Last week, at Texas Motor Speedway, Tyler Reddick was able to survive the carnage and capture his third win of 2022. As we have seen all season, this was a race that featured many cautions and took a lot of drivers out of contention for a win. It’s clear that this car is becoming more of a problem each week as we continue to see much smaller fields that finish these races. We are beginning to see more drivers get hurt driving them. Kurt Busch has been out of the car since July, and now Alex Bowman will miss Talladega next week as he has also suffered a concussion. Ever since last year, there has been a lot of fear surrounding this car. When I went to Charlotte, I spoke to someone who worked at Jr Motorsports and he spoke about the new car. He mentioned Noah Gragson and his crash at Talladega and how it would worry him if that was today’s car. The sanctioning body has got to find a way to lessen these impacts and make the cars, or else they will continue to lose credibility with their drivers.

Another issue that has arisen has been their spec parts. We have gone from hardly seeing engines fail with the Gen6 car to an engine blowing almost every week. Both Martin Truex Jr and Kevin Harvick have been extremely critical of the exhaust system that has been the cause of numerous fires this season, including at Texas with Chase Elliott. A possible solution to this would be to allow the teams to go back to manufacturing their own parts. While some teams may find an advantage, and it might make things less equal, it’s a much safer model than what they have now. Besides, a lot of the teams that are underfunded are still having a difficult time keeping up with the big teams, so it’s not like much has changed.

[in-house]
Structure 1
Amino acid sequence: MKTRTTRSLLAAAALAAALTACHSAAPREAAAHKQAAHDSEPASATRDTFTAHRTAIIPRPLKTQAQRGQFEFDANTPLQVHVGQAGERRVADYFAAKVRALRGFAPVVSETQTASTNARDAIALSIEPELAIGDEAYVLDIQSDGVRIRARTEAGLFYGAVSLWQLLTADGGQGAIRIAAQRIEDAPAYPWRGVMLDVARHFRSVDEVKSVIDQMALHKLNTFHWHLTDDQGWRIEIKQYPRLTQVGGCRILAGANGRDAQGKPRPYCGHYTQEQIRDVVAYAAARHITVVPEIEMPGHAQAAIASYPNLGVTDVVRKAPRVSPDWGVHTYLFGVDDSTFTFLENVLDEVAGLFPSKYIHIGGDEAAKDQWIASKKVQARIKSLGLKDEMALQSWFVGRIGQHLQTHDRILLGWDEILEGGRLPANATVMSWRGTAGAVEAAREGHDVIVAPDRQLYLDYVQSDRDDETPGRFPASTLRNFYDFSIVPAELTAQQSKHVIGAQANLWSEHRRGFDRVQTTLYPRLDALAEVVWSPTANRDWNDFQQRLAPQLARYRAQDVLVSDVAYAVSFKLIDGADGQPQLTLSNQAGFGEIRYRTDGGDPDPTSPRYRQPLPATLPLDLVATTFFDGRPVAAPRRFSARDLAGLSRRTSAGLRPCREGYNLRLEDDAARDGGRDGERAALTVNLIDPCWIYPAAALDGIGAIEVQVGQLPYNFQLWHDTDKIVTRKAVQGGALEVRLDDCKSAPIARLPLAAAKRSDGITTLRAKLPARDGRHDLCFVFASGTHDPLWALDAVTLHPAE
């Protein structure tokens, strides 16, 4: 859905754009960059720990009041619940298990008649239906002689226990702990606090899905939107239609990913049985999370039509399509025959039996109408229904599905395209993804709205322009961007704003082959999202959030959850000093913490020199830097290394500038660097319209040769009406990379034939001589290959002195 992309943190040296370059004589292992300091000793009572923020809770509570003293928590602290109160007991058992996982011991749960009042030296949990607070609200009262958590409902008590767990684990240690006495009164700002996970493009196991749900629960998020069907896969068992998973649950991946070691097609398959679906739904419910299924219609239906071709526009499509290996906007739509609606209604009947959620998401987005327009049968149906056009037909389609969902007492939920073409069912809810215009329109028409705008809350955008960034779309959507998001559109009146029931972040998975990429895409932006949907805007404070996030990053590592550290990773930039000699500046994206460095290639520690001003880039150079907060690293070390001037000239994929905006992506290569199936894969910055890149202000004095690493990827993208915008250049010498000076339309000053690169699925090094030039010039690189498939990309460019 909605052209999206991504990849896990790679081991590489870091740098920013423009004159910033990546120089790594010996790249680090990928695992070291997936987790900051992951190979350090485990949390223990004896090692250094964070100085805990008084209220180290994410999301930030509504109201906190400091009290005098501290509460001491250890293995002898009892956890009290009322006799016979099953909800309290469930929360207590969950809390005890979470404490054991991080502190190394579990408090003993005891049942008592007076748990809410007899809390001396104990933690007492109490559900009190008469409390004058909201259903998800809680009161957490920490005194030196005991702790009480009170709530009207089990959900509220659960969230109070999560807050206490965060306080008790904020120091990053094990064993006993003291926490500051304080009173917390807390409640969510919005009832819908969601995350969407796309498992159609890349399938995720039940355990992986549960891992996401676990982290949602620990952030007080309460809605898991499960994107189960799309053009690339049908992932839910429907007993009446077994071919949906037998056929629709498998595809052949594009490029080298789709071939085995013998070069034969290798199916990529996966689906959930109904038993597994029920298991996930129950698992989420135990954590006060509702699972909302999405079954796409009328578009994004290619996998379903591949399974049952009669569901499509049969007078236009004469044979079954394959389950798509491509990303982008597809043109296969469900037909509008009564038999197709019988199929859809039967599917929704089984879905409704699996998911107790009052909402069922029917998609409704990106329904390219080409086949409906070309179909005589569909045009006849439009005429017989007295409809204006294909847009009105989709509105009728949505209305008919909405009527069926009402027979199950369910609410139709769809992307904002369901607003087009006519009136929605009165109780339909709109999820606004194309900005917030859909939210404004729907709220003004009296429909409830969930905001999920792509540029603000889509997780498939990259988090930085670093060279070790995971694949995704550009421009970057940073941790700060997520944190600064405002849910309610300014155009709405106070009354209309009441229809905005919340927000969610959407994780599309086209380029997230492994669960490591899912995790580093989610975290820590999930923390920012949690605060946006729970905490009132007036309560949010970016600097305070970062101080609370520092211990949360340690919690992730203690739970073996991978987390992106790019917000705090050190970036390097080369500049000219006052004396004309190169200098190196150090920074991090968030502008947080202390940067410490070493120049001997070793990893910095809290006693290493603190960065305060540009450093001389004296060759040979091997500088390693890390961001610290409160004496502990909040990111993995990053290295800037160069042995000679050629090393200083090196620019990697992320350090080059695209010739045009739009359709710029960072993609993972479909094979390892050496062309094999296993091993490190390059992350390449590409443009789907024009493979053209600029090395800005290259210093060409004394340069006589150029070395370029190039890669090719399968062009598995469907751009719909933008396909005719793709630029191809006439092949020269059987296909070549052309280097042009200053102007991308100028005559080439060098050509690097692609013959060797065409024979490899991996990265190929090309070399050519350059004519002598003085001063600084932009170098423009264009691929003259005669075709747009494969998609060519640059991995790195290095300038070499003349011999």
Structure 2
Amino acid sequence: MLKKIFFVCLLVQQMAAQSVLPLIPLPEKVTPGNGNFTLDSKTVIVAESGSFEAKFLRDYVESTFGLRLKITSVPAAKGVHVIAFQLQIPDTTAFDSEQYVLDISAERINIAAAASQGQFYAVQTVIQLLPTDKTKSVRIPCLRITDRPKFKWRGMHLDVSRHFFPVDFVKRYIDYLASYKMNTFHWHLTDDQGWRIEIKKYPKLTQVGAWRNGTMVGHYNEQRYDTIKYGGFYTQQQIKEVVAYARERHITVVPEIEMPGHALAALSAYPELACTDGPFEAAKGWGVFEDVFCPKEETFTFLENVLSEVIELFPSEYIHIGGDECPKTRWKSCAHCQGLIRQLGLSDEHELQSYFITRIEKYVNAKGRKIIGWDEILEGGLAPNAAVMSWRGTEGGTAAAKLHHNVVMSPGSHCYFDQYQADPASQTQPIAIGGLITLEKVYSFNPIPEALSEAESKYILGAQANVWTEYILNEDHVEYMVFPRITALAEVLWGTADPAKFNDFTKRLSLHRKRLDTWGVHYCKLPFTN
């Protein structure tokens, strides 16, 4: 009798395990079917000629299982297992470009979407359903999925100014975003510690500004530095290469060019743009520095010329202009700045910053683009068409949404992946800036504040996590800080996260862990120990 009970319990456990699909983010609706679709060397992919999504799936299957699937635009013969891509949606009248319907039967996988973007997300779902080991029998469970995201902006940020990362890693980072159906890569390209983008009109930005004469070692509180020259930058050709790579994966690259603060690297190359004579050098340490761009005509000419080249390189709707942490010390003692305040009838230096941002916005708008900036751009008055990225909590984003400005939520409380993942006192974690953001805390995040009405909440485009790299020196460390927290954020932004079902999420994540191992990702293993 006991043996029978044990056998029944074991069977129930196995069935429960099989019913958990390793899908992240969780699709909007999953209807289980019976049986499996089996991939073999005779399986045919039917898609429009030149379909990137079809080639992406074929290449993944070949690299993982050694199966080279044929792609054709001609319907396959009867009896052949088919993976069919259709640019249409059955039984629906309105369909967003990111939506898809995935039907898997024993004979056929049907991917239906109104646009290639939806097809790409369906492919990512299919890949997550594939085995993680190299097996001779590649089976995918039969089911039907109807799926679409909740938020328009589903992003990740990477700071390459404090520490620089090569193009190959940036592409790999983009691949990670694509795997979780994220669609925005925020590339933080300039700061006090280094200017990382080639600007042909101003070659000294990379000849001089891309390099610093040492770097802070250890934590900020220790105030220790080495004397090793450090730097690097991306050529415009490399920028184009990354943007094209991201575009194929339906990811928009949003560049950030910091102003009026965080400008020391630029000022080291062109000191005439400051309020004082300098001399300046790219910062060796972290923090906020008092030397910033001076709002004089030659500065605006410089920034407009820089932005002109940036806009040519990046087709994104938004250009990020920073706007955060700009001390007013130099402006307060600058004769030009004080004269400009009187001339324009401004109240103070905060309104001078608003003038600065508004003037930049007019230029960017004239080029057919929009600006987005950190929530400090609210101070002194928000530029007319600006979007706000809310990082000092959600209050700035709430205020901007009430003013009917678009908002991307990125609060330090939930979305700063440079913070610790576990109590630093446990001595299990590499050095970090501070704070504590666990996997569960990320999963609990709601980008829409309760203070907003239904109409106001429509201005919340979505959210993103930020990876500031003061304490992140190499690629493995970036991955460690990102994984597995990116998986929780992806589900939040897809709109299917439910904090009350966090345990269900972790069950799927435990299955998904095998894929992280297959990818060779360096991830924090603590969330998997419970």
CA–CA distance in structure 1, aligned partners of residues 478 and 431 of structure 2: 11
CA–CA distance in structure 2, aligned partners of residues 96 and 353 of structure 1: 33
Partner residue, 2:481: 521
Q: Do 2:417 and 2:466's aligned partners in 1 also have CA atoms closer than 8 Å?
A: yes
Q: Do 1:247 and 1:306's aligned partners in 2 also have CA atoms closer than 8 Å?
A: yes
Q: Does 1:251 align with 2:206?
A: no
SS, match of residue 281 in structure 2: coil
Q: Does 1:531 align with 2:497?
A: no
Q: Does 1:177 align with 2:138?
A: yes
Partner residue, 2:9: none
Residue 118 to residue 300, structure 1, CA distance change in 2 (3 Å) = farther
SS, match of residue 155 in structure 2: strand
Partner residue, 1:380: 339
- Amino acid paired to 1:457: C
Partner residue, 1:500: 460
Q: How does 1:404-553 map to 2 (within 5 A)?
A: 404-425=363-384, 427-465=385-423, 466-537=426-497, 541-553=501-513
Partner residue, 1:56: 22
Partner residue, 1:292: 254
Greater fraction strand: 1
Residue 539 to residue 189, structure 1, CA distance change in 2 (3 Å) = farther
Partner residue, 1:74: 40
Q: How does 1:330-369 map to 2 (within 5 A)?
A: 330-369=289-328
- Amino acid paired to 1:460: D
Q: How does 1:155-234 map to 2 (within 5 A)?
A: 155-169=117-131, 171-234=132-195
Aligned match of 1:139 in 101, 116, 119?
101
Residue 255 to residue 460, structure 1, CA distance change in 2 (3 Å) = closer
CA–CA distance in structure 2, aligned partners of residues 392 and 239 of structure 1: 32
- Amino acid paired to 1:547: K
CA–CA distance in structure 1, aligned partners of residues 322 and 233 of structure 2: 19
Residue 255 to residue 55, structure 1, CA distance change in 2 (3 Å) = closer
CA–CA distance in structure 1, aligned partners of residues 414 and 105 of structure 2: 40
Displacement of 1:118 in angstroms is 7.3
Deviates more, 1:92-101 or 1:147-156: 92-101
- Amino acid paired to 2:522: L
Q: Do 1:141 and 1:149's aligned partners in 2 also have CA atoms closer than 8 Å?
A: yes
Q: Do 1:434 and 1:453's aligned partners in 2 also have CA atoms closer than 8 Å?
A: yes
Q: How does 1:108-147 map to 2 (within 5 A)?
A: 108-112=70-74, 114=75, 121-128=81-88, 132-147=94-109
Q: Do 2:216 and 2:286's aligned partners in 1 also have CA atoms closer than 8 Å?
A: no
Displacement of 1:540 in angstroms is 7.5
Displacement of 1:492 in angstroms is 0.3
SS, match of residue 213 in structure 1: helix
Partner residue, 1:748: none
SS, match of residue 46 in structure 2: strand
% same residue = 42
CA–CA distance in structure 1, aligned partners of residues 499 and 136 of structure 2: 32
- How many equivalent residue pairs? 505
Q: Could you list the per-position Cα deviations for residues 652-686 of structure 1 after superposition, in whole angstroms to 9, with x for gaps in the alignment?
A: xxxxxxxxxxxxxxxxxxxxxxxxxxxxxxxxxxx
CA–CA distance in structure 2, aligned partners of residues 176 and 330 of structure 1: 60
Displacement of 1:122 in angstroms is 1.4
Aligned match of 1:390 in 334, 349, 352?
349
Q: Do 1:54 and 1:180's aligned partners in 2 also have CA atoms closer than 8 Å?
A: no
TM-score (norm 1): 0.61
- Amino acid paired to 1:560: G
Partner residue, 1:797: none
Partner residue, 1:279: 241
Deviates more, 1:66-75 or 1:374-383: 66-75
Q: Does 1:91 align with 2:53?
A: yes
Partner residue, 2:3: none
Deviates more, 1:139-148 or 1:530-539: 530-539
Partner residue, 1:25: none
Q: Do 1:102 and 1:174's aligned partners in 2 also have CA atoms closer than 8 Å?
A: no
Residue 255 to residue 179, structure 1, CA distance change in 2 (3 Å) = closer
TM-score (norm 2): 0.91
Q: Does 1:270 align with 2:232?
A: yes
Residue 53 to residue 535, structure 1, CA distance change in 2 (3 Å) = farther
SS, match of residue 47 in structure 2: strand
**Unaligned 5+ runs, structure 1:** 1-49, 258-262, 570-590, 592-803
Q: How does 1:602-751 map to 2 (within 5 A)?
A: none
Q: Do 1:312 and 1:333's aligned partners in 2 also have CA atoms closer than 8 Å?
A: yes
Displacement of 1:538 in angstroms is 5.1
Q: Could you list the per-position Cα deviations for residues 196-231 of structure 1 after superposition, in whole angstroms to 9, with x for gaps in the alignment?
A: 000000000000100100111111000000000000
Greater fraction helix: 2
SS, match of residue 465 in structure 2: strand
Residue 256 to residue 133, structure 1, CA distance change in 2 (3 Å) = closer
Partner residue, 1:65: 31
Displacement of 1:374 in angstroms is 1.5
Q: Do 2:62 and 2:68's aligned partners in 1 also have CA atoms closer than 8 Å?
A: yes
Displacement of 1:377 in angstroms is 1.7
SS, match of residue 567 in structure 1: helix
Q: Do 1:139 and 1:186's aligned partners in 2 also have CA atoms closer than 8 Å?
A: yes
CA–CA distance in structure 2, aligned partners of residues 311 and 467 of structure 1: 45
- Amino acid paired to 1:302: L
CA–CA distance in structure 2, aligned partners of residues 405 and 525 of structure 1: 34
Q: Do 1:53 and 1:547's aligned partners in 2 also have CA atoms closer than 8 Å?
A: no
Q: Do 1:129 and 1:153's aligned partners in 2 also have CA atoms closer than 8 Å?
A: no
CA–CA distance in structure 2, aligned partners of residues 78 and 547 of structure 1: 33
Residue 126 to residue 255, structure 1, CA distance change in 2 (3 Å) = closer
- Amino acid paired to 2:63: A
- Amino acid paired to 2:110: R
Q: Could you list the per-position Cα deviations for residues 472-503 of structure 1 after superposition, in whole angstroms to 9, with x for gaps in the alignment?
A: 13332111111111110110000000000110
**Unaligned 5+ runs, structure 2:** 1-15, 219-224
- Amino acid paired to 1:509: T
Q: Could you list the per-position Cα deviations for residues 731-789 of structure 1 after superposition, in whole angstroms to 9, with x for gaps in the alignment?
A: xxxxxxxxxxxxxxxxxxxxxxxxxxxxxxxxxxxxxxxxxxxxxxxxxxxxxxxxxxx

More controversy emerged later on in the race as Denny Hamlin and William Byron made contact on the backstretch. After a caution came out for the spin of Christopher Bell, Byron would get his revenge on Hamlin after spinning him into the infield grass. NASCAR completely missed this and Hamlin was moved to the tail end of the longest line for “not maintaining pace car speed.” It was absurdly obvious that Byron spun the 11 under caution and should have been penalized further during the race, but there was much more to worry about considering 3/4ths of the field had crashed. Matters weren’t made any better by NASCAR posting the video on their Twitter account of Byron’s onboard camera when he did it. A couple of days later, Byron would be penalized $50,000 and docked 25 points, which knocked him out of the top 8 in points.